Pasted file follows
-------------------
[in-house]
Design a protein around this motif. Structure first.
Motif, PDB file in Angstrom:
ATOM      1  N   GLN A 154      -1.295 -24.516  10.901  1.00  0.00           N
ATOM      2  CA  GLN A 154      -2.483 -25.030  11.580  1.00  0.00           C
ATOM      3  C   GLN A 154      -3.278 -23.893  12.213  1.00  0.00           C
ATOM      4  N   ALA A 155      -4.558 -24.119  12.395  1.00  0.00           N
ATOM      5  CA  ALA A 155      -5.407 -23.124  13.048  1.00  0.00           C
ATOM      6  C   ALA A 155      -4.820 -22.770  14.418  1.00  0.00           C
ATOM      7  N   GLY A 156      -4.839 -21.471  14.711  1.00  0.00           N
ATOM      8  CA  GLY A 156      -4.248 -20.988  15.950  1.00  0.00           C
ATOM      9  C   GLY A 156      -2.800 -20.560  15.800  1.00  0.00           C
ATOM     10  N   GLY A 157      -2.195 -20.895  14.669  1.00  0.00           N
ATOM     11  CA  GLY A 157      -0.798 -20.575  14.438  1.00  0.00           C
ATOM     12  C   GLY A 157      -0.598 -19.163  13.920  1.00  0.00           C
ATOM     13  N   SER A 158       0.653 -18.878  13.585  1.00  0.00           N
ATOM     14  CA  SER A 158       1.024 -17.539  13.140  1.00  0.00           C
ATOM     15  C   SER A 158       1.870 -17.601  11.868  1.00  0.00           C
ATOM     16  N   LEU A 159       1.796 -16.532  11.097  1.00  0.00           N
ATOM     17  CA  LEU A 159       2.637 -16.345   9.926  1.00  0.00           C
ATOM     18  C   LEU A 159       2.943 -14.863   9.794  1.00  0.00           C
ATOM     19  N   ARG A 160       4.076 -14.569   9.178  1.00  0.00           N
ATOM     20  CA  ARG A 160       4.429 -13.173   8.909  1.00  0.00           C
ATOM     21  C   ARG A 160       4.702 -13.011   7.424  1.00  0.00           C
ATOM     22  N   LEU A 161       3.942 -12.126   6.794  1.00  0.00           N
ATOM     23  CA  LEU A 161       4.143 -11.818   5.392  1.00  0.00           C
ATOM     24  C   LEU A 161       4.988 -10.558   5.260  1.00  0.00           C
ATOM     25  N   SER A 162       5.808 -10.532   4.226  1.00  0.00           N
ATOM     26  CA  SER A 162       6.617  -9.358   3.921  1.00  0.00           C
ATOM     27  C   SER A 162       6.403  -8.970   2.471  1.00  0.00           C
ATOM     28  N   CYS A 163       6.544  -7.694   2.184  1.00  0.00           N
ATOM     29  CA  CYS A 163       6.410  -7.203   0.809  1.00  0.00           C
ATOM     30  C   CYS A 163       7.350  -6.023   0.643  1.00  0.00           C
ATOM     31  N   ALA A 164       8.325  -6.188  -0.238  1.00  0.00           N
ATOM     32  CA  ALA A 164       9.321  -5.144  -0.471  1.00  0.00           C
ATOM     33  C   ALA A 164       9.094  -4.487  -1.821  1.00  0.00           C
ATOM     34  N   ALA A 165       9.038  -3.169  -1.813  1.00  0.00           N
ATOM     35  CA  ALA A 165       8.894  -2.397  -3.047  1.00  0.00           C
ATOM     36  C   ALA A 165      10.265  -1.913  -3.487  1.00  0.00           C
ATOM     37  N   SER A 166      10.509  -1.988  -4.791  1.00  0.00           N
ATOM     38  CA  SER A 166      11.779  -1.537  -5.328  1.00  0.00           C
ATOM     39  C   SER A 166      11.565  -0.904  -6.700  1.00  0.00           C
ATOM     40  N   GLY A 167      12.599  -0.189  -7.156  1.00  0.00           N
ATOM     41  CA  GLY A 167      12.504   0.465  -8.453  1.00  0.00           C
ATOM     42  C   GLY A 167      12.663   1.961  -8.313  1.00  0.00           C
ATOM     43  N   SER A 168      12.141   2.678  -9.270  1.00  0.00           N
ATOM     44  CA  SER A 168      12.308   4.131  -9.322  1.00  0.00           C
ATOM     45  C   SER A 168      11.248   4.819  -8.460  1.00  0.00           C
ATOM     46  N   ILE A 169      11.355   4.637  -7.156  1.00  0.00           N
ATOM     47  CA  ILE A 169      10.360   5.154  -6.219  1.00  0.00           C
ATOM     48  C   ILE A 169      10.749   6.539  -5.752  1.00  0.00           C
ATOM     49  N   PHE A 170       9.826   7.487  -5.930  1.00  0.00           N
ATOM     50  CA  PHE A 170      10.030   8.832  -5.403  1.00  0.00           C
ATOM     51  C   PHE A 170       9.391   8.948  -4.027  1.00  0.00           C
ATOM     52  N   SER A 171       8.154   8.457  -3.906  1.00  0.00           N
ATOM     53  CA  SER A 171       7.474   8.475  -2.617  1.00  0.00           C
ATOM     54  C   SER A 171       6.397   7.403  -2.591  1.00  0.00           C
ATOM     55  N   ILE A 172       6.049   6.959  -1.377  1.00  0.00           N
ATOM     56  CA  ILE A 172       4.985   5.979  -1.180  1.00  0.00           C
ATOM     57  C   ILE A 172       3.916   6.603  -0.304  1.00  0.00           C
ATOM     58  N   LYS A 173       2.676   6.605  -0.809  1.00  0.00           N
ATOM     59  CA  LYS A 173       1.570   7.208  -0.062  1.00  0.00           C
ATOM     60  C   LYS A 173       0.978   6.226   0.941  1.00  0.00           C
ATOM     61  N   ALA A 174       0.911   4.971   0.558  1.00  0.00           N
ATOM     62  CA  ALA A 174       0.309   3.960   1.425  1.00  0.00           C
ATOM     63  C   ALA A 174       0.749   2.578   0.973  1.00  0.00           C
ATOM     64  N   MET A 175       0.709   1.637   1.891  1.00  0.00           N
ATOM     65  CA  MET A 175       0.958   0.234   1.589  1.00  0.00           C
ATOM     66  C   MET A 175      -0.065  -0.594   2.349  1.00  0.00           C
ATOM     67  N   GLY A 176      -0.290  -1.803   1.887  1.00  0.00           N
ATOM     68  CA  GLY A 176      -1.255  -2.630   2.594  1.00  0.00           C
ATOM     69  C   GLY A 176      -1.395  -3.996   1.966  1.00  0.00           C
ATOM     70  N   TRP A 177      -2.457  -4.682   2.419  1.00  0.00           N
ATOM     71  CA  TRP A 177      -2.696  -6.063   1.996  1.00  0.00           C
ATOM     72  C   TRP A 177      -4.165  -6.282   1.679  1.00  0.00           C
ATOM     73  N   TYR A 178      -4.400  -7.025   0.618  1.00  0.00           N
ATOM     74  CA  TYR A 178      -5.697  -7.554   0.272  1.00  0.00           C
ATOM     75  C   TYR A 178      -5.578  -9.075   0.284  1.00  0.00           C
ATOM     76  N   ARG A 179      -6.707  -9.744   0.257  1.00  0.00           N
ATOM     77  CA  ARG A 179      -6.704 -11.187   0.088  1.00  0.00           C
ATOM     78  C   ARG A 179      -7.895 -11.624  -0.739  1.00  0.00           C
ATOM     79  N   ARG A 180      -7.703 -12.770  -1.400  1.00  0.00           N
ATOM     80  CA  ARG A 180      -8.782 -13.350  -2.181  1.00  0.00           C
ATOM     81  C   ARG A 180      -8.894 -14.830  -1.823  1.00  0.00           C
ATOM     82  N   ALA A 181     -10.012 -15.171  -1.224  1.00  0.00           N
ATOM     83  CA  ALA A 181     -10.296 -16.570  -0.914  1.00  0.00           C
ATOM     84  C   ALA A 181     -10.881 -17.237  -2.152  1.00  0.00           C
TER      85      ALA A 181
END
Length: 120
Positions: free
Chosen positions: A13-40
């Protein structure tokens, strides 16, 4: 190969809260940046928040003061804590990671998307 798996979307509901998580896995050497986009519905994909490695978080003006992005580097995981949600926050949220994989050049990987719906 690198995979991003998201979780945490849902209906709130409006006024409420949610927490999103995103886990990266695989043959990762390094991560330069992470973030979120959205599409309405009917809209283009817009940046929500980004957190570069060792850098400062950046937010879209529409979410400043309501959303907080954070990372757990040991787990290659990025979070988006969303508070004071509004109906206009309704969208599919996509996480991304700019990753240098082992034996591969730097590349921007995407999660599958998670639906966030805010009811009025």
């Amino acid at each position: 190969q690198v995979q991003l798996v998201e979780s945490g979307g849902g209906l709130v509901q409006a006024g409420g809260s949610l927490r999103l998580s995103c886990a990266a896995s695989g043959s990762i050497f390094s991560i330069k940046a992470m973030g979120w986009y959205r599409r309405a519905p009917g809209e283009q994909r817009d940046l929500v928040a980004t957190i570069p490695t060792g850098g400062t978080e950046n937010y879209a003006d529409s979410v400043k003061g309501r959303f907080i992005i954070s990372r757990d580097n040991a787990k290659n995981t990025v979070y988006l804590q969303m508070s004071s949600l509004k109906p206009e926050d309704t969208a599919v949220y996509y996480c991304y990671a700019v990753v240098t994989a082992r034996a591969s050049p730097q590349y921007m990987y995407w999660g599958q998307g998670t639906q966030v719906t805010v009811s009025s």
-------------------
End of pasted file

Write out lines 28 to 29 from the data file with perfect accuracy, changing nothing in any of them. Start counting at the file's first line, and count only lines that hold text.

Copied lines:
ATOM     25  N   SER A 162       5.808 -10.532   4.226  1.00  0.00           N
ATOM     26  CA  SER A 162       6.617  -9.358   3.921  1.00  0.00           C